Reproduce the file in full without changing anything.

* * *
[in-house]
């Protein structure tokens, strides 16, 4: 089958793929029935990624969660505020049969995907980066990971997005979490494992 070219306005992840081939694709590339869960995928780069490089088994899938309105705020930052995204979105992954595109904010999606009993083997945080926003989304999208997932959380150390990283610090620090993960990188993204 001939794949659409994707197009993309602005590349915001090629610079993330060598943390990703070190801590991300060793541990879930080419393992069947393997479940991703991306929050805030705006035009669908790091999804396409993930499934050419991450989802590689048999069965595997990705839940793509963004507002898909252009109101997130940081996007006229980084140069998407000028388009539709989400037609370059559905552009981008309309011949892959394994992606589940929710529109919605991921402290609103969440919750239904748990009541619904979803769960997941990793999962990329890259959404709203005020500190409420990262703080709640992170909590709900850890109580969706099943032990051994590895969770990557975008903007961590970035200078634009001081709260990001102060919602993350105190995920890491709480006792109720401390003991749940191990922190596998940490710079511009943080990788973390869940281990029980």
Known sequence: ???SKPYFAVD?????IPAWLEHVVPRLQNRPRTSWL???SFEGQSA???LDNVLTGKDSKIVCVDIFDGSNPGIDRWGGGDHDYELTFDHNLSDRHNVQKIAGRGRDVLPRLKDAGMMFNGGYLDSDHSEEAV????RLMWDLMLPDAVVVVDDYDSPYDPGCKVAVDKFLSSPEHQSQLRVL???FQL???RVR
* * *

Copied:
[in-house]
């Protein structure tokens, strides 16, 4: 089958793929029935990624969660505020049969995907980066990971997005979490494992 070219306005992840081939694709590339869960995928780069490089088994899938309105705020930052995204979105992954595109904010999606009993083997945080926003989304999208997932959380150390990283610090620090993960990188993204 001939794949659409994707197009993309602005590349915001090629610079993330060598943390990703070190801590991300060793541990879930080419393992069947393997479940991703991306929050805030705006035009669908790091999804396409993930499934050419991450989802590689048999069965595997990705839940793509963004507002898909252009109101997130940081996007006229980084140069998407000028388009539709989400037609370059559905552009981008309309011949892959394994992606589940929710529109919605991921402290609103969440919750239904748990009541619904979803769960997941990793999962990329890259959404709203005020500190409420990262703080709640992170909590709900850890109580969706099943032990051994590895969770990557975008903007961590970035200078634009001081709260990001102060919602993350105190995920890491709480006792109720401390003991749940191990922190596998940490710079511009943080990788973390869940281990029980």
Known sequence: ???SKPYFAVD?????IPAWLEHVVPRLQNRPRTSWL???SFEGQSA???LDNVLTGKDSKIVCVDIFDGSNPGIDRWGGGDHDYELTFDHNLSDRHNVQKIAGRGRDVLPRLKDAGMMFNGGYLDSDHSEEAV????RLMWDLMLPDAVVVVDDYDSPYDPGCKVAVDKFLSSPEHQSQLRVL???FQL???RVR